If you live in the USA, chances are you wash your hands. You probably don’t wash them as often as you think you should, but you wash them. Reading this may even make you feel guilty, that you should really go wash your hands now because it’s been a while and your hands are probably covered with germs.
Chances are you’ve known about the benefits of hand washing since you were a child. Your mother probably taught you to wash your hands after every trip to the bathroom, before you eat, after having played outside – all the ritual times. I’m sure your mother took hand washing very seriously, because if she didn’t your health could suffer. You learned to share her concern, you learned how important hand washing is to being healthy.
Now suppose I were to tell you hand washing didn’t make you healthy. Suppose I told you it wasn’t the hand washing, but something else that was at work. Suppose I told you to stop doing your hand-washing because it was a waste of time and energy, and took your focus off the real source of health. Could you do it? Could you stop washing your hands? Could you change your habits, your thoughts and your fears about what will happen if you don’t wash your hands?
I feel I should admit I’m a hand washer. Not only do I practice hand washing, but I act as a sort of leader of the hand washing movement. I share with others the benefits of hand washing. I explain the reasons they should, and the dangers if they do not. But because you and I are probably in agreement that hand washing is a good health behavior, arguing that you should wash your hands wouldn’t cause you to raise an eyebrow.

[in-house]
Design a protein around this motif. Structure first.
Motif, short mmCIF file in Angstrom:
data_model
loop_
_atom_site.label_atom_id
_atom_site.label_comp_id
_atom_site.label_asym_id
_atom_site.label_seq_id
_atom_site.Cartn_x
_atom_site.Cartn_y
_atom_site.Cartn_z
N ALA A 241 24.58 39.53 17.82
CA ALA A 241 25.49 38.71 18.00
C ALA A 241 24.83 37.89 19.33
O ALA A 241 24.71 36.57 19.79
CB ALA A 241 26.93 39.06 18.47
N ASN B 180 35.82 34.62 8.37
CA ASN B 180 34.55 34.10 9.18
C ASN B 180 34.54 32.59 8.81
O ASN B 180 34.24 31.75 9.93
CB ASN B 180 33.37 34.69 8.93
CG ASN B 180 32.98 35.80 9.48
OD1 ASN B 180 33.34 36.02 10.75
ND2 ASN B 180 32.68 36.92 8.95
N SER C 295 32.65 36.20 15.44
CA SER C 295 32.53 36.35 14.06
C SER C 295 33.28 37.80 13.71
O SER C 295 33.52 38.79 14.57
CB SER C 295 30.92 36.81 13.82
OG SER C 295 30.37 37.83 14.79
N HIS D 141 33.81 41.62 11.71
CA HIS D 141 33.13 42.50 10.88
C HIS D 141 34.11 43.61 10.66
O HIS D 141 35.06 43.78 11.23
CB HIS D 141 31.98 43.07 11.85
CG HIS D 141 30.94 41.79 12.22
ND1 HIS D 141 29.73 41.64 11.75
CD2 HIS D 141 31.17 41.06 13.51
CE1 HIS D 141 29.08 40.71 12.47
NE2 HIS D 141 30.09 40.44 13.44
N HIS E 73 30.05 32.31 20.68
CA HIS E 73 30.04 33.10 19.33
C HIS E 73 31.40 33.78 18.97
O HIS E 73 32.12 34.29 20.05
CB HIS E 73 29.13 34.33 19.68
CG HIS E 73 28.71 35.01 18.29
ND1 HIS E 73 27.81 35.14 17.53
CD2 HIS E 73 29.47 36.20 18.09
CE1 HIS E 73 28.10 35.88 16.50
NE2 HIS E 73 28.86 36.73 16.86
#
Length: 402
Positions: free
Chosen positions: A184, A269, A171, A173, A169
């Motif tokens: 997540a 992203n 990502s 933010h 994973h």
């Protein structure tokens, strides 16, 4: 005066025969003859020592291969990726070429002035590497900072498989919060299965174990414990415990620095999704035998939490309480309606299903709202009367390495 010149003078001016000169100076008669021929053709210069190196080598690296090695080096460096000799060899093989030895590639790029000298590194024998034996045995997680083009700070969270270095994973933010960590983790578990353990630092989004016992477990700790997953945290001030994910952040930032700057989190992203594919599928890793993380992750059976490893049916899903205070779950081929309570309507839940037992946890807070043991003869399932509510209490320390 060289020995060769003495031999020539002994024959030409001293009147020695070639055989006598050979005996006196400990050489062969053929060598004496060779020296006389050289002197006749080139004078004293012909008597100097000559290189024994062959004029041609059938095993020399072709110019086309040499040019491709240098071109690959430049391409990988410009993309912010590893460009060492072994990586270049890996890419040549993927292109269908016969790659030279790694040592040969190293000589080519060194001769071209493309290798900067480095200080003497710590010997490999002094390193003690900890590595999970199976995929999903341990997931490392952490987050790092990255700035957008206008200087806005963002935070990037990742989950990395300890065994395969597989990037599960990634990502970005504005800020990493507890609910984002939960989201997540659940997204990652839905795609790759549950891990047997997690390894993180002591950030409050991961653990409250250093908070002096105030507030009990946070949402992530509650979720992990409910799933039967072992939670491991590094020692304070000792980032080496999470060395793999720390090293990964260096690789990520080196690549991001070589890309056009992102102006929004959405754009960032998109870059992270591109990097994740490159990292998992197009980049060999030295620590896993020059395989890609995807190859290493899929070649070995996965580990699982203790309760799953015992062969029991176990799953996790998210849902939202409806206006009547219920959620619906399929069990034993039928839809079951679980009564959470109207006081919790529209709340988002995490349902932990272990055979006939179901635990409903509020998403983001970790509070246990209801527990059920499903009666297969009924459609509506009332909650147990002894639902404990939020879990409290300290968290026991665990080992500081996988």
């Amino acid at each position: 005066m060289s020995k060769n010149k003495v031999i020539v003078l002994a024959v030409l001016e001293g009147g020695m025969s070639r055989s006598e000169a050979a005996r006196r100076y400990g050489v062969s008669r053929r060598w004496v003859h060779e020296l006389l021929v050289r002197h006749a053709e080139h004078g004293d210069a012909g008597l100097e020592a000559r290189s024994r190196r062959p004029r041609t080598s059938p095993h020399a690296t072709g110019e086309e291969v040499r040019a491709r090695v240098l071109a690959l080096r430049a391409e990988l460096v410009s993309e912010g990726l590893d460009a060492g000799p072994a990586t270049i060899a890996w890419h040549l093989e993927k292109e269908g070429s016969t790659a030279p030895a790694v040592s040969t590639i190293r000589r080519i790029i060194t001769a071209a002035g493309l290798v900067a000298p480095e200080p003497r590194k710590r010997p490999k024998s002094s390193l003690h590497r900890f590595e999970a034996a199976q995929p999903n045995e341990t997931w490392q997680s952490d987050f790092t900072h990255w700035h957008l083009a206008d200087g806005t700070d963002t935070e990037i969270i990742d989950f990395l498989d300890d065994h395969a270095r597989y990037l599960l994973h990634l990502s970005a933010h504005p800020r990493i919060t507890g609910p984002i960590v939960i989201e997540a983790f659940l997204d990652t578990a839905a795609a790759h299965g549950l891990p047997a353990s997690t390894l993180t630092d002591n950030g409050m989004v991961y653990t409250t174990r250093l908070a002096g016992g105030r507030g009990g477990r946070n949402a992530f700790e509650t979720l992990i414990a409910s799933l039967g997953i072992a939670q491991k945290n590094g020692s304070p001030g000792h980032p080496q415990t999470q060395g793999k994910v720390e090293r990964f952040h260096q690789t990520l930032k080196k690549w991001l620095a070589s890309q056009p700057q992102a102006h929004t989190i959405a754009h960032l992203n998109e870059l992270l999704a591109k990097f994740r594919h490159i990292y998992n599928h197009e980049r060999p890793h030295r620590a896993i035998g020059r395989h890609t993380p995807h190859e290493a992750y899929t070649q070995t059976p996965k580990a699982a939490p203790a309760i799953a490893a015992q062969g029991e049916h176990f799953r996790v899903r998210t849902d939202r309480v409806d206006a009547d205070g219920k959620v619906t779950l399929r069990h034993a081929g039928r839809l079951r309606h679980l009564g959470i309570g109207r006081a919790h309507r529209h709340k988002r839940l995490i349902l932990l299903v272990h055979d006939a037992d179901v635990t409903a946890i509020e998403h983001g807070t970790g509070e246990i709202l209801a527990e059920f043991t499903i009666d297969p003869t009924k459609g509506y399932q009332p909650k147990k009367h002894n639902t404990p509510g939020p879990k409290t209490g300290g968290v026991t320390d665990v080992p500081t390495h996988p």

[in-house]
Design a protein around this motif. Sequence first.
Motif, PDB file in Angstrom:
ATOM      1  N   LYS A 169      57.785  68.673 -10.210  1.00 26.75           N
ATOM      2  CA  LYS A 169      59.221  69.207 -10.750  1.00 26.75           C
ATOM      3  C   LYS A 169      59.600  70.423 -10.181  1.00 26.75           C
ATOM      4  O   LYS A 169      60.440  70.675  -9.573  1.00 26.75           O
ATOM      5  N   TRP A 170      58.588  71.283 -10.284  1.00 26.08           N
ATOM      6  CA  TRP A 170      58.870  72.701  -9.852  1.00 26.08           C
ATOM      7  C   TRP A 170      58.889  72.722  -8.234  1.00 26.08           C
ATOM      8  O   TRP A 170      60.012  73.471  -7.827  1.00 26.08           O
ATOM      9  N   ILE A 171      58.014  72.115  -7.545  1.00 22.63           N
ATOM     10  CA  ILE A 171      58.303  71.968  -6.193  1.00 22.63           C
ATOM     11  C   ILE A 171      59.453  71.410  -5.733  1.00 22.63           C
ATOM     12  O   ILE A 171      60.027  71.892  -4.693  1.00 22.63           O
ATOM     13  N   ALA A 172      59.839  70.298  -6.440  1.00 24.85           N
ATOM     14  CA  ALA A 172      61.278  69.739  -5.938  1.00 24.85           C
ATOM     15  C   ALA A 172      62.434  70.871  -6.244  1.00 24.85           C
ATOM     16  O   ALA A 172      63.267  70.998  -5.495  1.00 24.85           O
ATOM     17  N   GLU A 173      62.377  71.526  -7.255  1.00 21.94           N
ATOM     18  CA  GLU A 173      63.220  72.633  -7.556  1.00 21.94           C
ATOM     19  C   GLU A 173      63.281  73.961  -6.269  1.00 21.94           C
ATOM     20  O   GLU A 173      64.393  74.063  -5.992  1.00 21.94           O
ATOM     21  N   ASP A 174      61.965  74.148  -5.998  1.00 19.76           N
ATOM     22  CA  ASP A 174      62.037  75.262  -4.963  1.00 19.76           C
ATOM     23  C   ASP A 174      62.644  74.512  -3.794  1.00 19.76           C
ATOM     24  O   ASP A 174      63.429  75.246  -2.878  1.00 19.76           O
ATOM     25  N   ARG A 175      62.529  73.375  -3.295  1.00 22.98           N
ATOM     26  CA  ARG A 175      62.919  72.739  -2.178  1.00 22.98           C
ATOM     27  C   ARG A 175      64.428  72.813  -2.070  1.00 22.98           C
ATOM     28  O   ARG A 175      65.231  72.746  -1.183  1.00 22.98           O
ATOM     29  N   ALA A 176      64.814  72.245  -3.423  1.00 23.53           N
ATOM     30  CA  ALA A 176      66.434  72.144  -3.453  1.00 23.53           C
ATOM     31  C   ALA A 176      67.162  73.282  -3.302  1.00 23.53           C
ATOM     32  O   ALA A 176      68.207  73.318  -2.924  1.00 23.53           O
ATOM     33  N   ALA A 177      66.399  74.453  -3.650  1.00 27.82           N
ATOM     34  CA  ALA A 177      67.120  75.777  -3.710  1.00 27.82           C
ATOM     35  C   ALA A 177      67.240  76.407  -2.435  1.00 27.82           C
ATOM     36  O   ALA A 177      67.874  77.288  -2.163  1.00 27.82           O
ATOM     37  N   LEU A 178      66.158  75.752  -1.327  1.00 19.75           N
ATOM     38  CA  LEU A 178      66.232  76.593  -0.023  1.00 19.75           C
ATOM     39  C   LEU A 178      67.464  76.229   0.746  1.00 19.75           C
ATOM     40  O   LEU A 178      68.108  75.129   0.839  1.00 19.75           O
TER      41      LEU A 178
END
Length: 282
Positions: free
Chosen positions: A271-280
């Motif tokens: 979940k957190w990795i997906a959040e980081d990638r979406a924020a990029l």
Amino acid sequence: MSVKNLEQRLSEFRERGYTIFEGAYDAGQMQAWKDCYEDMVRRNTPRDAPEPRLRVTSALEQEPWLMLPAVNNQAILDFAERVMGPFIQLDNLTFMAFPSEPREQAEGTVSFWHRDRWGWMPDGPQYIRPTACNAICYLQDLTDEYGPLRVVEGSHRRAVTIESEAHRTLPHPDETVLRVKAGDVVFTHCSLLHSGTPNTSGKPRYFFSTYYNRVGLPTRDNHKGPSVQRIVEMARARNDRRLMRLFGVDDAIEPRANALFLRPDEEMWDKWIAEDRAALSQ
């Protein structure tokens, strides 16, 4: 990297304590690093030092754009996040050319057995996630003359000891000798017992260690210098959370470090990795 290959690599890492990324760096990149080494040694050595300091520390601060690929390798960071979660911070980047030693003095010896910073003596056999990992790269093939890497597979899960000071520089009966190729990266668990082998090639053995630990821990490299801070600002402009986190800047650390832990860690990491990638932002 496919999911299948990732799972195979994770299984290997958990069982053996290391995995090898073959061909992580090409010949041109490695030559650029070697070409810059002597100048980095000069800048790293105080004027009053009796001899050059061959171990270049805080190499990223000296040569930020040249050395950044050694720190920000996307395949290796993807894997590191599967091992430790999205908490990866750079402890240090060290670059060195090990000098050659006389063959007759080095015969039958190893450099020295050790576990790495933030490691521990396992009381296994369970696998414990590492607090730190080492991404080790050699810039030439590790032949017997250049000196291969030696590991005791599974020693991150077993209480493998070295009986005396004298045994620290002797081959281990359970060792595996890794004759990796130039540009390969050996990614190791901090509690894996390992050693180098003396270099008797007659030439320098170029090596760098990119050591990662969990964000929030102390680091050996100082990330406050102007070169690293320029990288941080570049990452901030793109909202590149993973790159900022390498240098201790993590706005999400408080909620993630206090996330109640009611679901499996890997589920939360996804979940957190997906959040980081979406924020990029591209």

But if I argued against hand washing, if I tried to convince you it was all superstition and blind faith – do you feel your reaction to that? Do you feel the disbelief? Do you start to get annoyed, frustrated or angry? Do you start searching for support for your hand washing ways? Do you immediately try to prove me wrong? Do you immediately decide I’m not worth listening to? Do you feel how deep a blow to your basic belief system strikes?
I wanted to share this feeling with you because I wanted you to understand that culture and beliefs are not simple things to change. It is often not enough to go to an area and tell the locals how they should live their lives. In fact, that is often the worst thing you can do to improve global health because instead of improving situations, it makes them worse. If you feel called to make change in international maternal health issues, you need to understand this basic truth. You need to understand the magnitude of the changes you propose. You must have empathy for the struggles, both internal and system wide, that happen when change begins.
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